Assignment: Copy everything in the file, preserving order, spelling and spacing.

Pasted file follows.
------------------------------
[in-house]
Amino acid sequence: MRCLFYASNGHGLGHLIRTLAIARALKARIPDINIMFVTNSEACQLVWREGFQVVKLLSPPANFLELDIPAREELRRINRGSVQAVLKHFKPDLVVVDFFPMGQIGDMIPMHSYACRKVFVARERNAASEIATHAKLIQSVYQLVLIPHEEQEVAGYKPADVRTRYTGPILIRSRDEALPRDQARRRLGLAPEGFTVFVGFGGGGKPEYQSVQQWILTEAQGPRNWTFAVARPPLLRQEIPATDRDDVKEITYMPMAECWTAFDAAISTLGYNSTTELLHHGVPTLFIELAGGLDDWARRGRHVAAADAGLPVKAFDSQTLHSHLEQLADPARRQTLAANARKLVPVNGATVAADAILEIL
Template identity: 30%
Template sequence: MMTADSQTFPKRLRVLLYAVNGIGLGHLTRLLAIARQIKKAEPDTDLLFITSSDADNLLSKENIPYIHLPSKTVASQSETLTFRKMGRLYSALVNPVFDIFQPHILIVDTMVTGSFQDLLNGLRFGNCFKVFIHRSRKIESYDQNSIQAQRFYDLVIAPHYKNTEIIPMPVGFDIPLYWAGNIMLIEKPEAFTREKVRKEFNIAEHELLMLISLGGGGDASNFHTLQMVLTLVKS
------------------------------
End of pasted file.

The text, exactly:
[in-house]
Amino acid sequence: MRCLFYASNGHGLGHLIRTLAIARALKARIPDINIMFVTNSEACQLVWREGFQVVKLLSPPANFLELDIPAREELRRINRGSVQAVLKHFKPDLVVVDFFPMGQIGDMIPMHSYACRKVFVARERNAASEIATHAKLIQSVYQLVLIPHEEQEVAGYKPADVRTRYTGPILIRSRDEALPRDQARRRLGLAPEGFTVFVGFGGGGKPEYQSVQQWILTEAQGPRNWTFAVARPPLLRQEIPATDRDDVKEITYMPMAECWTAFDAAISTLGYNSTTELLHHGVPTLFIELAGGLDDWARRGRHVAAADAGLPVKAFDSQTLHSHLEQLADPARRQTLAANARKLVPVNGATVAADAILEIL
Template identity: 30%
Template sequence: MMTADSQTFPKRLRVLLYAVNGIGLGHLTRLLAIARQIKKAEPDTDLLFITSSDADNLLSKENIPYIHLPSKTVASQSETLTFRKMGRLYSALVNPVFDIFQPHILIVDTMVTGSFQDLLNGLRFGNCFKVFIHRSRKIESYDQNSIQAQRFYDLVIAPHYKNTEIIPMPVGFDIPLYWAGNIMLIEKPEAFTREKVRKEFNIAEHELLMLISLGGGGDASNFHTLQMVLTLVKS